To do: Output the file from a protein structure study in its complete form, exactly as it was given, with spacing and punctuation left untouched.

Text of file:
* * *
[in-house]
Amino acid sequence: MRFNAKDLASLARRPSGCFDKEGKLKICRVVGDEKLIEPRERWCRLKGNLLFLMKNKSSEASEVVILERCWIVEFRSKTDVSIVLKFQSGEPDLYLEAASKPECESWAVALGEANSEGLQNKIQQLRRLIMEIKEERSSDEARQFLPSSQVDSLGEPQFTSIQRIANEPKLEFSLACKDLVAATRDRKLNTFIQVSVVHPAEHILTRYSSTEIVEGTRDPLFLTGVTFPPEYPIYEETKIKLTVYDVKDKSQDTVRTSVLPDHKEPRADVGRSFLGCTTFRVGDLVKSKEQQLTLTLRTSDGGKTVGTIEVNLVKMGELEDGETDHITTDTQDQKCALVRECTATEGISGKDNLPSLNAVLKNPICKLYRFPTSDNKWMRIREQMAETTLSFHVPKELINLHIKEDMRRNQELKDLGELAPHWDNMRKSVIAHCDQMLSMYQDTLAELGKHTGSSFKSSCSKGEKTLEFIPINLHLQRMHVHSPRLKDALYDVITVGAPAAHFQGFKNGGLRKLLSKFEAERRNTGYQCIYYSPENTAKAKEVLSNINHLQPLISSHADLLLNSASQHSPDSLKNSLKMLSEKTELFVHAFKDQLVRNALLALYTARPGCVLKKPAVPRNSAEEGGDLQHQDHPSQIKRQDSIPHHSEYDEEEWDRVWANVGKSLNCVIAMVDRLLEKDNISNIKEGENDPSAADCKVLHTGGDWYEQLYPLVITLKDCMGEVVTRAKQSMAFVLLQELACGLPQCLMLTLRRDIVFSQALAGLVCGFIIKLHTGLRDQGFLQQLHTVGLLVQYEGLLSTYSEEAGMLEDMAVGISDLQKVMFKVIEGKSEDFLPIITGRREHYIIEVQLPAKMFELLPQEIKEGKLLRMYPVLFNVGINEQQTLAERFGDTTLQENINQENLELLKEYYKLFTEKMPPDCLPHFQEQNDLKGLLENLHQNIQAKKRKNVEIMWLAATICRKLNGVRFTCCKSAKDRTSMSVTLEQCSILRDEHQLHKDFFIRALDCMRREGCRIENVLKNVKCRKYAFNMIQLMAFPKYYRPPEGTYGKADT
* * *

[in-house]
Amino acid sequence: MRFNAKDLASLARRPSGCFDKEGKLKICRVVGDEKLIEPRERWCRLKGNLLFLMKNKSSEASEVVILERCWIVEFRSKTDVSIVLKFQSGEPDLYLEAASKPECESWAVALGEANSEGLQNKIQQLRRLIMEIKEERSSDEARQFLPSSQVDSLGEPQFTSIQRIANEPKLEFSLACKDLVAATRDRKLNTFIQVSVVHPAEHILTRYSSTEIVEGTRDPLFLTGVTFPPEYPIYEETKIKLTVYDVKDKSQDTVRTSVLPDHKEPRADVGRSFLGCTTFRVGDLVKSKEQQLTLTLRTSDGGKTVGTIEVNLVKMGELEDGETDHITTDTQDQKCALVRECTATEGISGKDNLPSLNAVLKNPICKLYRFPTSDNKWMRIREQMAETTLSFHVPKELINLHIKEDMRRNQELKDLGELAPHWDNMRKSVIAHCDQMLSMYQDTLAELGKHTGSSFKSSCSKGEKTLEFIPINLHLQRMHVHSPRLKDALYDVITVGAPAAHFQGFKNGGLRKLLSKFEAERRNTGYQCIYYSPENTAKAKEVLSNINHLQPLISSHADLLLNSASQHSPDSLKNSLKMLSEKTELFVHAFKDQLVRNALLALYTARPGCVLKKPAVPRNSAEEGGDLQHQDHPSQIKRQDSIPHHSEYDEEEWDRVWANVGKSLNCVIAMVDRLLEKDNISNIKEGENDPSAADCKVLHTGGDWYEQLYPLVITLKDCMGEVVTRAKQSMAFVLLQELACGLPQCLMLTLRRDIVFSQALAGLVCGFIIKLHTGLRDQGFLQQLHTVGLLVQYEGLLSTYSEEAGMLEDMAVGISDLQKVMFKVIEGKSEDFLPIITGRREHYIIEVQLPAKMFELLPQEIKEGKLLRMYPVLFNVGINEQQTLAERFGDTTLQENINQENLELLKEYYKLFTEKMPPDCLPHFQEQNDLKGLLENLHQNIQAKKRKNVEIMWLAATICRKLNGVRFTCCKSAKDRTSMSVTLEQCSILRDEHQLHKDFFIRALDCMRREGCRIENVLKNVKCRKYAFNMIQLMAFPKYYRPPEGTYGKADT